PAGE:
“He smiled, and said no more; but that night as we were making camp I saw him unfasten Dejah Thoris’ fetters himself.

“With all his cruel ferocity and coldness there was an undercurrent of something in Tars Tarkas which he seemed ever battling to subdue. Could it be a vestige of some human instinct come back from an ancient forebear to haunt him
with the horror of his people’s ways!

“As I was approaching Dejah Thoris’ chariot I passed Sarkoja, and the black, venomous look she accorded me was the sweetest balm I had felt for many hours. Lord, how she hated me! It bristled from her so palpably that one might almost have cut it with a sword.

“A few moments later I saw her deep in conversation with a warrior named Zad; a big, hulking, powerful brute, but one who had never made a kill among his own chieftans, and so was still an o mad, or man with one name; he could win a second name only with the metal of some chieftan. It was this custom which entitled me to the names of either of the chieftans I had killed; in fact, some of the warriors addressed me as Dotar Sojat, a combination of the surnames of the two warrior chieftans whose metal I had taken, or, in other words, whom I had slain in fair fight.

“As Sarkoja talked with Zad he cast occasional glances in my direction, while she seemed to be urging him very strongly to some action. I paid little attention to it at the time, but the next day I had good reason to recall the circumstances, and at the same time gain a slight insight into the depths of Sarkoja’s hatred and the lengths to which she was capable of going to wreak her horrible vengeance on me.” (PM/14.)

Dejah Thoris continues to give John Carter the cold shoulder for presuming that he had won her for his own, another misunderstanding he has made with the strange culture. He inquires of Sola for her reasons and is told that he has humiliated the daughter of a jed and the granddaughter of jeddak and now regards him as a creature that is not worthy to polish the teeth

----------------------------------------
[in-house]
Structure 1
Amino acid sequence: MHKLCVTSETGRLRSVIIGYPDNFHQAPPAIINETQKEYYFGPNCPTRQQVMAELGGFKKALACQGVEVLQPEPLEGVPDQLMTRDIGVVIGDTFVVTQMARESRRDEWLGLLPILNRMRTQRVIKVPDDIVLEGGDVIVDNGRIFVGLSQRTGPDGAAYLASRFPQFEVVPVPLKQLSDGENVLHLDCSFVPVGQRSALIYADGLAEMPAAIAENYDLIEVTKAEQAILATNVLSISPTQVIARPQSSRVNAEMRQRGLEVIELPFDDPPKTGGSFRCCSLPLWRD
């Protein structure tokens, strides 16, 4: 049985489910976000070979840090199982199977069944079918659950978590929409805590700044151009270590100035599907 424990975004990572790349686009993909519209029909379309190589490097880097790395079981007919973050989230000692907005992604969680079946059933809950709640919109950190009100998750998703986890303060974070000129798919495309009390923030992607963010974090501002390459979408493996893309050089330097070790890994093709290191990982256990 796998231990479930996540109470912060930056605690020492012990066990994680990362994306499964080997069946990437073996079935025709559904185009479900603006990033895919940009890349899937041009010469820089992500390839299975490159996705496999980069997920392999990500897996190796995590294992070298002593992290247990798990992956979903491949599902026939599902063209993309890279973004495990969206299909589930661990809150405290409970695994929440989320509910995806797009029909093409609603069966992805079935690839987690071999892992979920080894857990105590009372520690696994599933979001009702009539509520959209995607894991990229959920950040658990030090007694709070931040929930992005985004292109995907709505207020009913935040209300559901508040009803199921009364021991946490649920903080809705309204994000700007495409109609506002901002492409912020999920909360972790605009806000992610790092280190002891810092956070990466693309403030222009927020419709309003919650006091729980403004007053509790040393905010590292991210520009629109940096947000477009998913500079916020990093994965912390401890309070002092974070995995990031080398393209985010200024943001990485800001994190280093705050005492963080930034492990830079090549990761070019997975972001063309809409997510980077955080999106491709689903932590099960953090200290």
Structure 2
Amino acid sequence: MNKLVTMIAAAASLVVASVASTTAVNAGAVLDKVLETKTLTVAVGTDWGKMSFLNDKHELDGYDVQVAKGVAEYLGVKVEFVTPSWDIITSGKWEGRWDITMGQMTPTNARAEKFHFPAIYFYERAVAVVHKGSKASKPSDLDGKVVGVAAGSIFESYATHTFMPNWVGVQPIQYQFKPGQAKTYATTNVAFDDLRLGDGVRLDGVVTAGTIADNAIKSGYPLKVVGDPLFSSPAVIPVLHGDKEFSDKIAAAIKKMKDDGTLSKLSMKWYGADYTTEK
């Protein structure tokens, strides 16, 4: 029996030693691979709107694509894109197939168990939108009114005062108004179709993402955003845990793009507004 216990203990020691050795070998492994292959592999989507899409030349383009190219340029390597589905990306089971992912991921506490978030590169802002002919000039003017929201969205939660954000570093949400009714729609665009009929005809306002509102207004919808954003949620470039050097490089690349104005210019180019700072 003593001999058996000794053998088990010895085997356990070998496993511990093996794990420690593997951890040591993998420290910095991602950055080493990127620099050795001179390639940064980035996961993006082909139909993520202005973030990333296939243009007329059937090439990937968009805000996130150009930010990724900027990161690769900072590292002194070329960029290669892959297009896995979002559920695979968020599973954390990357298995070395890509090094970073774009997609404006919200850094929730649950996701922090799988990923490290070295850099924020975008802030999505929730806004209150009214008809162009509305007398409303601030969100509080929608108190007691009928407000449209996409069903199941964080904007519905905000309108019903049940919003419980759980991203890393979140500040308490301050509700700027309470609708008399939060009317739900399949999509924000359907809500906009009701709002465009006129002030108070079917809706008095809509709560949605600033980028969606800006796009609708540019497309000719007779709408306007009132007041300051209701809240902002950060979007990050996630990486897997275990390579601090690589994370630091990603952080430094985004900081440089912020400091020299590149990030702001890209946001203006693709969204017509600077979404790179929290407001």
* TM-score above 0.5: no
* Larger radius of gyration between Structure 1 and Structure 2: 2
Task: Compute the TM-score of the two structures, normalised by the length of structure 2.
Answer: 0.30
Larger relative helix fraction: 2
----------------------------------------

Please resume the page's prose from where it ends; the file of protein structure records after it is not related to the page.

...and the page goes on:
of her grandmother’s sorak, a domesticated animal like an earthly cat. He returns to his furs and silks depressed, but on pondering the matter, laughs himself to sleep.
“We broke camp the next day at an early hour and marched with only a single halt until just before dark. Two incidents broke the tediousness of the march. About noon we espied far to our right what was evidently an incubator, and Lorquas Ptomel directed Tars Tarkas to investigate it. The latter took a dozen warriors, including myself, as we raced across the velvety carpeting of moss to the little enclosure.

“It was indeed an incubator, but the eggs were very small in comparison with those I had seen hatching in ours at the time of my arrival on Mars.

“Tars Tarkas dismounted and examined the enclosure minutely, finally announcing that it belonged to the green men of
Warhoon and that the cement was scarcely dry where it had been walled up.

“They cannot be a day’s march ahead of us,’ he exclaimed, the light of battle leaping to his fierce face.

“The work at the incubator was short indeed. The warriors tore open the entrance and a couple of them, crawling in, soon demolished all the eggs with their short-swords. Then remounting we dashed back to join the cavalcade. During the ride back I took occasion to ask Tars Tarkas if these Warhoons whose eggs we had destroyed were a smaller people than his Tharks.

“‘I noticed that their eggs were so much smaller than those I saw hatching in your incubator,’ I added.

“He explained that the eggs had just been place there; but, like all green Martian eggs, they would grow during the five-year period of incubation until they obtained the size of those I had seen hatching on the day of my arrival on Barsoom. This was indeed an interesting piece of information, for it had always seemed remarkable to me that the green Martian women, large as they were, could bring forth such enormous eggs as I had seen the four-foot infants emerging from.